Eva International Opening Weekend

38th Eva International Opening

Friday 13 April

The 38th edition of EVA International 2018 connects the narrative futures of early twentieth century Ireland with the sexual and identity politics of the present day. The exhibition takes its starting point from the painting Night Candles are Burnt Out (1927) by Irish artist Sean Keating, which presents an allegory of the Irish psyche at the advent of the construction of Ardnacrusha – a hydroelectric dam, built that same year on the border of County Limerick.

Since its inception in the 1970s, the 12-week long programme of events has become a major kingpin in the cultural calendar, both in Ireland and abroad, and a fantastic achievement in Limerick as well as for the wider artistic community involved in its ambitious production.” Curator Inti Guerrero has been interviewed in CIRCA Art Magazine about his edition, the 38th EVA International, “At EVA, the exhibitions that are installed in each venue have their own autonomous constellation of meaning. There are very kaleidoscopic, diverse, entry points to the biennial, rather than one single monolithic thematic.”

I attended two events as well as the opening talk by curator Inti Guerrero in the evening.

My Picks of the Biennial

Malala Andrialavidrazana Madagascar/France b. 1971

Figures 1876 Basic World View and Figures 1886, Voyages Autour du Monde, Ultrachrome pigment print on Hahnemuhle cotton rag, 2018

The source materials for these digital collages are vintage world atlases and bank notes. They highlight sites of civil engineering such as hydroelectric dams, used by governments as symbols of progress and national pride – or even as state propaganda. The economic optimism in these collages appears distant from today’s social realities.

Laurent Grasso France, b. 1972

Soliel Double, 16mm film loop, 11min, 2014

The animated film was shot in Esposizione Universale Roma, a residential and business district in Rome built for the unrealised 1942 Worlds fair which was intended to celebrate the 20 year anniversary of fascism and as a display of Mussolini’s power. Within the sequence of the film showing the Palace of Italian Civilisation, two suns appear, referring to a theory that the sun has a twin- a nemesis that beckons catastrophe and doom.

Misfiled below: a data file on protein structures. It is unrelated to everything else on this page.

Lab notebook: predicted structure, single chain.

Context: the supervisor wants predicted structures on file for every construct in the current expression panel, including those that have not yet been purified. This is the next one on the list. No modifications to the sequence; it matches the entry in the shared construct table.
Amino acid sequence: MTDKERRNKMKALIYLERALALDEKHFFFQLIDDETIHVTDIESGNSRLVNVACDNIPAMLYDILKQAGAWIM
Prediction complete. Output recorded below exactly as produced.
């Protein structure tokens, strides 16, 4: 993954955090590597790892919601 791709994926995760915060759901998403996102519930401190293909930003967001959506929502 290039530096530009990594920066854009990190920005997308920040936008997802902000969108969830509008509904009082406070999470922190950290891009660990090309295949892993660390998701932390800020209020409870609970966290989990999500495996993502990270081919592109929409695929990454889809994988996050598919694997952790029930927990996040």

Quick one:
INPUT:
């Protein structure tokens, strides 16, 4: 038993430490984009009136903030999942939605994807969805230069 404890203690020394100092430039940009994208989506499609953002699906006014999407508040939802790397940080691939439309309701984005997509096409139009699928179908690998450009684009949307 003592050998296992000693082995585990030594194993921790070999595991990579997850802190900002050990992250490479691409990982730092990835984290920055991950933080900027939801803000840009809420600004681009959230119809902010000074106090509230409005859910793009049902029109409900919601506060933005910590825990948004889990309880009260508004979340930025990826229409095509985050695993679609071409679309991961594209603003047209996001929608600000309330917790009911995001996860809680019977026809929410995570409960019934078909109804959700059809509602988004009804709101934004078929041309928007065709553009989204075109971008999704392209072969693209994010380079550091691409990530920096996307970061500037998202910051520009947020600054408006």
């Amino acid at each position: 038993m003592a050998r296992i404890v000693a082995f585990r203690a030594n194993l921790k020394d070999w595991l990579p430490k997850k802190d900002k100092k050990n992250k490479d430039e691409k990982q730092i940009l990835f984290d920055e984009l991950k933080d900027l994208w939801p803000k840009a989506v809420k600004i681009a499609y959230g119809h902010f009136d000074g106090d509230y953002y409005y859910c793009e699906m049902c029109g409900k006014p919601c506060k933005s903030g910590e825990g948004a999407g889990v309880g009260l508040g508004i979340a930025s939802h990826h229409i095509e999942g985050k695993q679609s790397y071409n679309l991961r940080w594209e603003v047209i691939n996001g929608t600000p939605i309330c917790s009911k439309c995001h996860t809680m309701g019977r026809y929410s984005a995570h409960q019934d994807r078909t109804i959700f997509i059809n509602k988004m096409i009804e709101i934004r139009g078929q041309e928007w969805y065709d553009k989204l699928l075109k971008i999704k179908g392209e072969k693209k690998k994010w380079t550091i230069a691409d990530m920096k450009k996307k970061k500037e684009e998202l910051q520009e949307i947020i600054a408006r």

Dan Rees UK, b. 1982

Sediments of the Mind, clay, sand pigment, lime, horsehair, wood, 2016

These sculptures are made using a building method in which the earth is compressed in wooden molds to form walls that are suitable for housing construction. Rees’s works present these layers in a way that mimics the processes of deep geological time.

Gonzalo Fuenmayor Columbia, b. 1977

Apocalypse XXI, Charcoal on Paper, 2017

A chandelier hanging from a banana branch represents the imbalance of power between Eurocentric plantation owners and the commodities and labours they seek to exploit. Banana plantation workers have been systematically abused and repressed throughout the 20th and 21st Centuries at the hands of the former United Fruit Company, as well as other fruit export corporations still operating today in Latin America and South-East Asia.

Repeal the Eighth  Procession

Abortion rights protesters organized a procession to time with the launch of Eva International biennial, in Limerick, Ireland. Artists’ Campaign to Repeal the Eighth Amendment marched through the town ahead of the exhibition opening […] Artists Alice Maher, Sarah Cullen and Rachel Fallon, Áine Phillips and Breda Maycock designed banners for the procession.” ‘We’re very aware of the power of imagery,’ Maher told the Guardian. ‘When you reclaim imagery, you take the power back.’